Measuring the ROI of Soft Skills Development

It’s easy to understand the value of technical skills for any organization, and meaningfully calculate their expense and benefit. However, it can be more challenging to determine a monetary value in terms of soft skills or justify the cost of developing those skills within an organization. With the current economic challenges, companies are more determined than ever to track the impact of every dollar they spend. When training budgets are considered, it can be easy to put soft skills training aside because it can be challenging to calculate a real return on investment (ROI). However, the rapidly changing economic and social impact of COVID-19 has revealed the necessity of soft skills in the workplace now more than ever. 

In a presentation at the 2020 SHRM Talent Conference, Susan Collins, Director of Talent Acquisition and Employer Branding at Talbots, shared that 97% of employers surveyed reported that soft skills were either as important as, or more important than hard skills in their organizations. It is also important to note that 46% of new employees fail within 18 months, mostly due to a lack of soft skills such as professionalism, or ability to get along with others. In another study by Boston University, Harvard University, and the Ross School of Business at the University of Michigan revealed that training in self-awareness and soft skills, like interpersonal communication and problem-solving, produces a 256% return on investment, based on an average rate of 12% higher team productivity and retention.

Key performance indicators(KPIs) are a good starting point for measuring the ROI of soft skills training. Using the KPI, identify what actions must happen to achieve each performance measure, and then for each of those actions, identify the competencies needed for a successful outcome. For example, if the KPI is a measure of customer retention, and the action required is to prevent customer loss, then a vital competency would be the ability to handle customer complaints effectively. Developing soft skills such as conflict management and negotiation in your team and then measuring improvement in that KPI would provide a number value to compare to the cost of training your leaders.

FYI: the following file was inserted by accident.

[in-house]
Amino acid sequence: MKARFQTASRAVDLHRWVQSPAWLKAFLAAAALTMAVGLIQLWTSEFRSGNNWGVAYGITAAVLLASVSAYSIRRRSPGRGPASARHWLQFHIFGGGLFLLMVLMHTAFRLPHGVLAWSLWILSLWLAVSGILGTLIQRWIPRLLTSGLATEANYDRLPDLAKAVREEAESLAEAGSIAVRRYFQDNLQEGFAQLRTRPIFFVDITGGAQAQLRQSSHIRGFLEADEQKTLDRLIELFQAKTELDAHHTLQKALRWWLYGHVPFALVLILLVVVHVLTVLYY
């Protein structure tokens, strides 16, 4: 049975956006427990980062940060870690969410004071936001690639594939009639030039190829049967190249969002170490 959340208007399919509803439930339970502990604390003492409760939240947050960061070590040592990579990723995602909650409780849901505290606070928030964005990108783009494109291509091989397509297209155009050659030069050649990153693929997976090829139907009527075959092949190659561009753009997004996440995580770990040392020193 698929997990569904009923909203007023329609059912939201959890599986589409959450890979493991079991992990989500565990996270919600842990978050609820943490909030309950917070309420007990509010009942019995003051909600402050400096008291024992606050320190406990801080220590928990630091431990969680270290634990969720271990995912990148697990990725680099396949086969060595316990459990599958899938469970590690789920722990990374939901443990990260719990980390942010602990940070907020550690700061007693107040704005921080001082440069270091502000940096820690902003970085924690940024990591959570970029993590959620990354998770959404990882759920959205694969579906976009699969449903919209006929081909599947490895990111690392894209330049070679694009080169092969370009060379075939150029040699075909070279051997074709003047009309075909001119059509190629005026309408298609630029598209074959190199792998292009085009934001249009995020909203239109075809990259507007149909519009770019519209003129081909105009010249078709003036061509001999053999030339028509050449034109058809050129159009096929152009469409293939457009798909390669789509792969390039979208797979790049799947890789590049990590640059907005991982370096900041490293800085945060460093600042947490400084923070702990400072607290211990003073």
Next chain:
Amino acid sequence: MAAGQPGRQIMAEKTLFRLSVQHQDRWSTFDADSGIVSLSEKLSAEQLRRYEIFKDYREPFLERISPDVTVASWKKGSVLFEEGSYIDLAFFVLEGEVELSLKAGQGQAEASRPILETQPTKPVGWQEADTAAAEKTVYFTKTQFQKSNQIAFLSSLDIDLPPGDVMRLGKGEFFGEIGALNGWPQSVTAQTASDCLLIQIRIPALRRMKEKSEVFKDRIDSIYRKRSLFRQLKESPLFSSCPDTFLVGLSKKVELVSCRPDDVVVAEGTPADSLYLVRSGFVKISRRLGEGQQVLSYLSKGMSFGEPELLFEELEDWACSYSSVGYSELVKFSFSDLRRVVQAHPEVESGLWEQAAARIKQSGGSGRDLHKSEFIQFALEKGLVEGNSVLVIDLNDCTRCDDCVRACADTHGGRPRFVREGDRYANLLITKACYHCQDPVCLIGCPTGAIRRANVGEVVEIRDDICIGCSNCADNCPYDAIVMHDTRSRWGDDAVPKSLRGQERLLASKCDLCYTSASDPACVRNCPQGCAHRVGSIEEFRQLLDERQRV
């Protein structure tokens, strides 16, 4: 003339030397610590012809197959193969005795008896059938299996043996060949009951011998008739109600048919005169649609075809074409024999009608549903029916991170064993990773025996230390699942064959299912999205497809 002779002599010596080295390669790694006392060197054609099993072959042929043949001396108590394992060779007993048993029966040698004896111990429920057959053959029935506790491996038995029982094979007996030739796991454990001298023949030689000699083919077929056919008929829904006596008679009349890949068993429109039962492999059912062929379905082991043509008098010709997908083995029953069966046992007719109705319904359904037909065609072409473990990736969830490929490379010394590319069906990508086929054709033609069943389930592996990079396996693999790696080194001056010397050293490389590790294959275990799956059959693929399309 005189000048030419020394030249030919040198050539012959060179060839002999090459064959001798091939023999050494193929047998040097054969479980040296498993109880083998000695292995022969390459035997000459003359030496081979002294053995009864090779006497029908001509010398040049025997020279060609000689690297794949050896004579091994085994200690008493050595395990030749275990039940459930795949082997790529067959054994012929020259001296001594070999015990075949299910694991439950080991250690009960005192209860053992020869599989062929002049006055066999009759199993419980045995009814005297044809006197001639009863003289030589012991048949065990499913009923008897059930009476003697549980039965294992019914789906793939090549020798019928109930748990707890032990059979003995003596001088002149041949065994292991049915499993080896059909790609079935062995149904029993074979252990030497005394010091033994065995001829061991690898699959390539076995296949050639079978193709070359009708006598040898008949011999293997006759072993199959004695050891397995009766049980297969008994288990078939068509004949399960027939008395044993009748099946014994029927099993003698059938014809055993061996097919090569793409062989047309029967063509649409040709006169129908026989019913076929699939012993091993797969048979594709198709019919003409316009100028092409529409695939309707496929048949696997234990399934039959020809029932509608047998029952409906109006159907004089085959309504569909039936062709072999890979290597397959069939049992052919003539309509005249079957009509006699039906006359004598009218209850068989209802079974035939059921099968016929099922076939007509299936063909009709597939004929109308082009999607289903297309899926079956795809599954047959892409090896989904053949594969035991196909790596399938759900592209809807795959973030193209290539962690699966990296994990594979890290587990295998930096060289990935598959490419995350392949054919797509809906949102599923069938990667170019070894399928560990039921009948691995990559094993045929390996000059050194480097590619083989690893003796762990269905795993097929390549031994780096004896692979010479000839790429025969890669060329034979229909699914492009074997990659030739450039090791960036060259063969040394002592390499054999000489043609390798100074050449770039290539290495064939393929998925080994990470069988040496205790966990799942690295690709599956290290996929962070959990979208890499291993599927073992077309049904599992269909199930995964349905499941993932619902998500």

For the challenges of today, businesses will need teams that are not only technically skilled but are also emotionally intelligent. Both customers and employees have gone through economic upheavals, isolation, and increased anxiety, which all affect behavior and productivity. Today’s leaders need to be able to show compassion, manage remote teams, and have the ability to persevere in difficult times. With downsized staff and more complex problems to solve, organizations will need their managers to know how to think strategically, communicate effectively, and influence and motivate others. These so-called soft skills are essential to a business’s survival, and developing them in leaders can boost work productivity and decrease employee turnover, which in turn increases profits and decreases expenses. It is essential to consider the long term benefits of improving teamwork, critical thinking skills, and clear communication on every aspect of business when determining ROI for investing in a program to develop these vital soft skills in your team.